We’ve seen bunnies in wheelchairs, sea turtles with prosthetic limbs, but as far as the Phoenix Herpetological Society knows, this is the very first alligator learning to swim with a prosthetic tail.
Mr. Stubbs, named due to his lack of a tail, was rescued from the back of a truck in 2005. He was one of 32 gators who were being transported illegally. The Arizona Game and Fish Department brought him to the Phoenix Society.
X-rays showed that his tail had been bitten off, most likely by another alligator. That meant, instead of being rehomed at a zoo or wildlife sanctuary like others of his species, Mr. Stubbs had to stay put. Over the course of six months, his handlers taught him how to doggy paddle using his front legs so he could get around in the water. But now, after a year and a half of dreaming, planning and building, Mr. Stubbs, who, on his own, is a 7-foot gator, has a tail to help him learn to swim the way he was born to. With it, he is eleven feet long.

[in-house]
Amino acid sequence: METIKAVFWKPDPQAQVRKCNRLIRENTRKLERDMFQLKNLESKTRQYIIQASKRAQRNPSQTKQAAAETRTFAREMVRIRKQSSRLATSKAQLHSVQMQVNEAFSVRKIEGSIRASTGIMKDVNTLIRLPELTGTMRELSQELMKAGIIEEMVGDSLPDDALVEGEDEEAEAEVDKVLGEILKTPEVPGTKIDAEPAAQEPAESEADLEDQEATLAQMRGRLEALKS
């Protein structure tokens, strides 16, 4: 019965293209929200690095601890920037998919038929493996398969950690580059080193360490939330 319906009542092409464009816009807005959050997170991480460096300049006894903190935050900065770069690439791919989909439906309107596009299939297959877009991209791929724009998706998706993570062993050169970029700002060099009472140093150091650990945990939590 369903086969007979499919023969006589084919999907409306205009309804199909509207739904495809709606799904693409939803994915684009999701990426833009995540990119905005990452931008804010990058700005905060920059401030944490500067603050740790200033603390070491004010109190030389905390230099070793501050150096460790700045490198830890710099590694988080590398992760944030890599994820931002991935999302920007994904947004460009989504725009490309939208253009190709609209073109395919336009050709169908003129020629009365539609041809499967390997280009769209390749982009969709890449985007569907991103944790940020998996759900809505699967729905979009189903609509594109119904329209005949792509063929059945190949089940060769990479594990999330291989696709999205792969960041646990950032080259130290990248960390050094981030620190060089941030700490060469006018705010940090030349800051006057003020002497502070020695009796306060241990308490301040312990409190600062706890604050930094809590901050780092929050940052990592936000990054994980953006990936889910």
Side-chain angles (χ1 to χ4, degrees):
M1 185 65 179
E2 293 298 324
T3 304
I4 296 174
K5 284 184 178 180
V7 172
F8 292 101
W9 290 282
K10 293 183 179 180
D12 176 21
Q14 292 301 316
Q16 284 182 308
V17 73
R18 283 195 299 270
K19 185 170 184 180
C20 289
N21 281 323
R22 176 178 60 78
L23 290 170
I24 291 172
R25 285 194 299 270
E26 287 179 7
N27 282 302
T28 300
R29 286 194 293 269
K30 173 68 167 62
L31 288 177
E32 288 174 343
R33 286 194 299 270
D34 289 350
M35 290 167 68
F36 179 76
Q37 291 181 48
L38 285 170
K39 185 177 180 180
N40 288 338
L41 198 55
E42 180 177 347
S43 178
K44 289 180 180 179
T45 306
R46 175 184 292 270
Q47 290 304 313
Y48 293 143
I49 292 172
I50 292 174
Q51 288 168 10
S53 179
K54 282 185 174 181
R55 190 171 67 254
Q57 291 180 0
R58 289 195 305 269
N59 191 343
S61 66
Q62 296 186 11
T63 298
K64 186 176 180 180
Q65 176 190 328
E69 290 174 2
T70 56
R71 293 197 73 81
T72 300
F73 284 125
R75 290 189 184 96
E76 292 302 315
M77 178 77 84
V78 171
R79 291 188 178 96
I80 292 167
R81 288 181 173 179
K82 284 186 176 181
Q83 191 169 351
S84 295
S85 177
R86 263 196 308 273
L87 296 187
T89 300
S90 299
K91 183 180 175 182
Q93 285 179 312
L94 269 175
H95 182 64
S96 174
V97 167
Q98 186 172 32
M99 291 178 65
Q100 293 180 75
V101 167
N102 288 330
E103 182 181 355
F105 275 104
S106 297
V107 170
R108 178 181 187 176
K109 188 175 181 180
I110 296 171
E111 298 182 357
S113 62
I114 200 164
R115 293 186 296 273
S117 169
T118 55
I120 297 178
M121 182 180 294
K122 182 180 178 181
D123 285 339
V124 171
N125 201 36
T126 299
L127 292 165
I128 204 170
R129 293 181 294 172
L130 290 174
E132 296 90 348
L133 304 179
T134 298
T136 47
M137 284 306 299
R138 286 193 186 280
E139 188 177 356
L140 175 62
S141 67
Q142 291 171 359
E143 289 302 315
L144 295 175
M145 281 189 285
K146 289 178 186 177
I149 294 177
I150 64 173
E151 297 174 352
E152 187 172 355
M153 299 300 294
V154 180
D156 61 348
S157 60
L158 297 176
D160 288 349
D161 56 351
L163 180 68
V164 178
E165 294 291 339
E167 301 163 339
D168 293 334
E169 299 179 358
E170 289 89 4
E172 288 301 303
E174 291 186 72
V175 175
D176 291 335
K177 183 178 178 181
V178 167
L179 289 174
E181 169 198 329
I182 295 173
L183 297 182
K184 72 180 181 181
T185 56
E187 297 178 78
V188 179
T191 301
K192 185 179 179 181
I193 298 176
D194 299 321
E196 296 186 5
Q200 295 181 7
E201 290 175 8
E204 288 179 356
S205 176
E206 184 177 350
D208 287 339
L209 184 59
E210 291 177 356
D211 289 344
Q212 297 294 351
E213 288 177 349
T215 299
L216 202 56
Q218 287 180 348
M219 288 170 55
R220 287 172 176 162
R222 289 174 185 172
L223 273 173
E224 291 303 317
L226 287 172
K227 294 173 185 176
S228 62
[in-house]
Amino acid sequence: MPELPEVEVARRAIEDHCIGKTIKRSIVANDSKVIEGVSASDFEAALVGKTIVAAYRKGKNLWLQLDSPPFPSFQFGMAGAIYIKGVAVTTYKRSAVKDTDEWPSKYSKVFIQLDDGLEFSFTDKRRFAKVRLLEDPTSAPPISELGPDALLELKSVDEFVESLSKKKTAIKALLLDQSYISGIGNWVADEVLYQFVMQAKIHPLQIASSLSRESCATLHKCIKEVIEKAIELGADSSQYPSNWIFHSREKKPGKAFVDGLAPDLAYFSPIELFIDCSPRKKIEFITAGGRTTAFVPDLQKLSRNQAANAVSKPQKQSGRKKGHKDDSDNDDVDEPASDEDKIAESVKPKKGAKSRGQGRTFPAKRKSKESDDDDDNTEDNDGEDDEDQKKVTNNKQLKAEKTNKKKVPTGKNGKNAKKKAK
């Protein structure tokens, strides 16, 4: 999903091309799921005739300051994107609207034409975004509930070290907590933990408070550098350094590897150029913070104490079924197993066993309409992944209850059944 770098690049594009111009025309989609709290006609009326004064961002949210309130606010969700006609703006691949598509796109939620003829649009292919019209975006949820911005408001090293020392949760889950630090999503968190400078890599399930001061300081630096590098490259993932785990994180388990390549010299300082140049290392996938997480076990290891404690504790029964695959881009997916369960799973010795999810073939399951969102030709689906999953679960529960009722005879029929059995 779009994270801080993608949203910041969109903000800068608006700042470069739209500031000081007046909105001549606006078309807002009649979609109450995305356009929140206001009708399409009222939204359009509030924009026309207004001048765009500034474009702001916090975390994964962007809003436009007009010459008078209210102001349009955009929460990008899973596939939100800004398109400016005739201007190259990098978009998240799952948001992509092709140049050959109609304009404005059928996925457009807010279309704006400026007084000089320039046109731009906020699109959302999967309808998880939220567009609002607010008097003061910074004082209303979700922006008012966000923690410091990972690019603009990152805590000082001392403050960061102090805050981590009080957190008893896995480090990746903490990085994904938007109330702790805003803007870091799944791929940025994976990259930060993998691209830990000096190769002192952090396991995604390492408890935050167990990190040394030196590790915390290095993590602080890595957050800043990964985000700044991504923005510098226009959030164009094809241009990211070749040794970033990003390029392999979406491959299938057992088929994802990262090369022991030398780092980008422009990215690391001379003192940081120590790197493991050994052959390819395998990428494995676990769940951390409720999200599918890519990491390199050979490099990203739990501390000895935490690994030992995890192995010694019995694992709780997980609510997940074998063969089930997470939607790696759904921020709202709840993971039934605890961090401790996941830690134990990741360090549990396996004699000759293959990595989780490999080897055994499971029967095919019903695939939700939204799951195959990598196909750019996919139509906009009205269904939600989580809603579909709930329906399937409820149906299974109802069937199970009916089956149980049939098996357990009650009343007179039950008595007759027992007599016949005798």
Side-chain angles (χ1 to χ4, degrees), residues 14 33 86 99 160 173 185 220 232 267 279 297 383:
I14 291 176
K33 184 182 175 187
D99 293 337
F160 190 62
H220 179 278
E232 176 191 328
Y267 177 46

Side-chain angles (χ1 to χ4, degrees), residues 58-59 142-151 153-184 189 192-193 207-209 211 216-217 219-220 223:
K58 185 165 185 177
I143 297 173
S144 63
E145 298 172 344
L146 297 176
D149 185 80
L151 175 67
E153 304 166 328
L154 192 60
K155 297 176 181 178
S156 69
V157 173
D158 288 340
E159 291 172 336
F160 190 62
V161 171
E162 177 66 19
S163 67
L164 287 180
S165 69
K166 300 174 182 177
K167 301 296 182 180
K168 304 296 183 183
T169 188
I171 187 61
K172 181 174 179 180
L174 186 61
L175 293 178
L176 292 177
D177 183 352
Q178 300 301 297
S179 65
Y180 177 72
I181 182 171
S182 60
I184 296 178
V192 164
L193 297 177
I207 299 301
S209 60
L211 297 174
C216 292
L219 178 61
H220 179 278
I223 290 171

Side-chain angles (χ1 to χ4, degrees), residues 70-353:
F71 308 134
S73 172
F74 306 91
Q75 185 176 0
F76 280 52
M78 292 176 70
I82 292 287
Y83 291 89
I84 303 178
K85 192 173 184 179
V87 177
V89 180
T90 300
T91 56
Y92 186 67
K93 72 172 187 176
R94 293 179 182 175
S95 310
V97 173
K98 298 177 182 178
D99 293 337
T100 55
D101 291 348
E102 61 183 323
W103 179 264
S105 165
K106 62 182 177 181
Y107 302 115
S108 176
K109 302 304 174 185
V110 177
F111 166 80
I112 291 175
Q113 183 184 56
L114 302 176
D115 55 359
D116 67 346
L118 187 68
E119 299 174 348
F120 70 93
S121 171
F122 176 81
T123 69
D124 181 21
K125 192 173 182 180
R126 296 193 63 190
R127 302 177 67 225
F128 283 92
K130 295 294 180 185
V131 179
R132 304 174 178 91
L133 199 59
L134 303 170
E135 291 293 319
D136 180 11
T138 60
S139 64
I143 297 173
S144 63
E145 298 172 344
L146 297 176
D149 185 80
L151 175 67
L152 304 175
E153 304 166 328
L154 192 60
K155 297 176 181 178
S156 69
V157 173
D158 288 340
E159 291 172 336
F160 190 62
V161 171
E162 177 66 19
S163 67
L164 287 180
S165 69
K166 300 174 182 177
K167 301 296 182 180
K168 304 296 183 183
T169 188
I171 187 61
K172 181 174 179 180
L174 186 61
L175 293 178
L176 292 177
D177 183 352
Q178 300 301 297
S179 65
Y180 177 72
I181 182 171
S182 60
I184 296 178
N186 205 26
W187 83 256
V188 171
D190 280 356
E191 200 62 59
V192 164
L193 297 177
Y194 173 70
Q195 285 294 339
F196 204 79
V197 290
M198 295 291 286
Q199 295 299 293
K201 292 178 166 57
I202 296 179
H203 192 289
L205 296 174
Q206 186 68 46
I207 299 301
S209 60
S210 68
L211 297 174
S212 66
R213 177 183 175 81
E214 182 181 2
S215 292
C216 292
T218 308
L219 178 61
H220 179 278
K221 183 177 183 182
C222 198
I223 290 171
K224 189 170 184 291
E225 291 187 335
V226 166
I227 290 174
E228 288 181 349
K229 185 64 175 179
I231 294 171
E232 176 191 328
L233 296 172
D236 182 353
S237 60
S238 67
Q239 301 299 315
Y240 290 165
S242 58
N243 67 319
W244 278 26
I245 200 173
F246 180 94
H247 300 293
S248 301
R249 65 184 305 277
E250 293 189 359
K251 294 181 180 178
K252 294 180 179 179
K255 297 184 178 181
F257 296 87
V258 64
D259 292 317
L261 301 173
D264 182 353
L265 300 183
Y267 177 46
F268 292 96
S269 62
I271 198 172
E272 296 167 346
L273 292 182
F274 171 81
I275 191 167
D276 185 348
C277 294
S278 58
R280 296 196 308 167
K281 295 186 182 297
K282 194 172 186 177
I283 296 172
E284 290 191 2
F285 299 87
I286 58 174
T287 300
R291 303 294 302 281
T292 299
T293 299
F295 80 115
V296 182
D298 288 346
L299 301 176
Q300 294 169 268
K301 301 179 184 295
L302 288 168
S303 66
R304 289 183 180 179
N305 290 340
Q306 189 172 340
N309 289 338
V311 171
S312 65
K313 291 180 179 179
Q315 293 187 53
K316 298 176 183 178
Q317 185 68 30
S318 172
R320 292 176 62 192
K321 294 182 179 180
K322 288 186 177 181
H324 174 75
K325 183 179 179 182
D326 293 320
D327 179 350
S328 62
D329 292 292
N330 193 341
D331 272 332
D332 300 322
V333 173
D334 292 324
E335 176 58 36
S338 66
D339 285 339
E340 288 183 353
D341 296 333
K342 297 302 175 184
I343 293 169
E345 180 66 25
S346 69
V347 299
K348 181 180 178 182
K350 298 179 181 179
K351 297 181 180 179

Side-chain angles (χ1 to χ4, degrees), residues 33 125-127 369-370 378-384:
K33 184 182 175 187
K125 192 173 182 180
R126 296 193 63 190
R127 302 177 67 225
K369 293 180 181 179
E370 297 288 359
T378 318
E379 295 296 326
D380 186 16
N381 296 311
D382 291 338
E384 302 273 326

Russ Johnson, president of the Phoenix Herpetological Society, said, “The fact he doesn’t try to bite it (the tail) is a good sign. Learning how to use it is going to take a lot of training.”
The tail is lightweight, buoyant, and moves when the gator wiggles his rear stump. It will take him time to learn to use it, but things are looking good so far.
Check out the video below to see Mr. Stubbs in action.
Via The Republic